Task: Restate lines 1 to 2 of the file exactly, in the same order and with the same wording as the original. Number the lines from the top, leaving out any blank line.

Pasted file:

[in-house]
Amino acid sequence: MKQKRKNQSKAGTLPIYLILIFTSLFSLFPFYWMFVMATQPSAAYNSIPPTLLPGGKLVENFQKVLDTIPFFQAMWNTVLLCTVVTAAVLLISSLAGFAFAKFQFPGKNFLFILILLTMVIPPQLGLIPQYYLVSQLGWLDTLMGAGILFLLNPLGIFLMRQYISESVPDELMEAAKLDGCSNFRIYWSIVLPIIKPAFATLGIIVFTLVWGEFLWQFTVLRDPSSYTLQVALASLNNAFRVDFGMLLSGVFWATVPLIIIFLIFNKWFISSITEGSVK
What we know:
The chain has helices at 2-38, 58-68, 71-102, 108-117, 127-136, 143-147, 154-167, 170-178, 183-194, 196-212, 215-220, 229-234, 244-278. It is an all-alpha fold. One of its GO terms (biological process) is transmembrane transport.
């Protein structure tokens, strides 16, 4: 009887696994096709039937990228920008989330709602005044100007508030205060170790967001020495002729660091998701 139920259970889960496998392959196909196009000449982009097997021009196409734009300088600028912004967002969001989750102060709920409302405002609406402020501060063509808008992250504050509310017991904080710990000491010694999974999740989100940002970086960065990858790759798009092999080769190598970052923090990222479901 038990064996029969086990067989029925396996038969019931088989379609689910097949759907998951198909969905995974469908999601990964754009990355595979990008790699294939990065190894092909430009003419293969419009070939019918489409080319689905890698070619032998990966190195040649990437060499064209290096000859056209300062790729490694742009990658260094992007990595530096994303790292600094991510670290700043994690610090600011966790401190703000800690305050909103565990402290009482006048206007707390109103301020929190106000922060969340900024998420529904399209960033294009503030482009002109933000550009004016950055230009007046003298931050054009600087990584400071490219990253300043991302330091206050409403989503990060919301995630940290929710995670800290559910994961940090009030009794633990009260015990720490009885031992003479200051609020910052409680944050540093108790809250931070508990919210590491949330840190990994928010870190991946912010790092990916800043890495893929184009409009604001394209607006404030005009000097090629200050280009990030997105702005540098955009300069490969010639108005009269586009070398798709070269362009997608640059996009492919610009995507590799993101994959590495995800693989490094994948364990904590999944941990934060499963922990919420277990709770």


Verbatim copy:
[in-house]
Amino acid sequence: MKQKRKNQSKAGTLPIYLILIFTSLFSLFPFYWMFVMATQPSAAYNSIPPTLLPGGKLVENFQKVLDTIPFFQAMWNTVLLCTVVTAAVLLISSLAGFAFAKFQFPGKNFLFILILLTMVIPPQLGLIPQYYLVSQLGWLDTLMGAGILFLLNPLGIFLMRQYISESVPDELMEAAKLDGCSNFRIYWSIVLPIIKPAFATLGIIVFTLVWGEFLWQFTVLRDPSSYTLQVALASLNNAFRVDFGMLLSGVFWATVPLIIIFLIFNKWFISSITEGSVK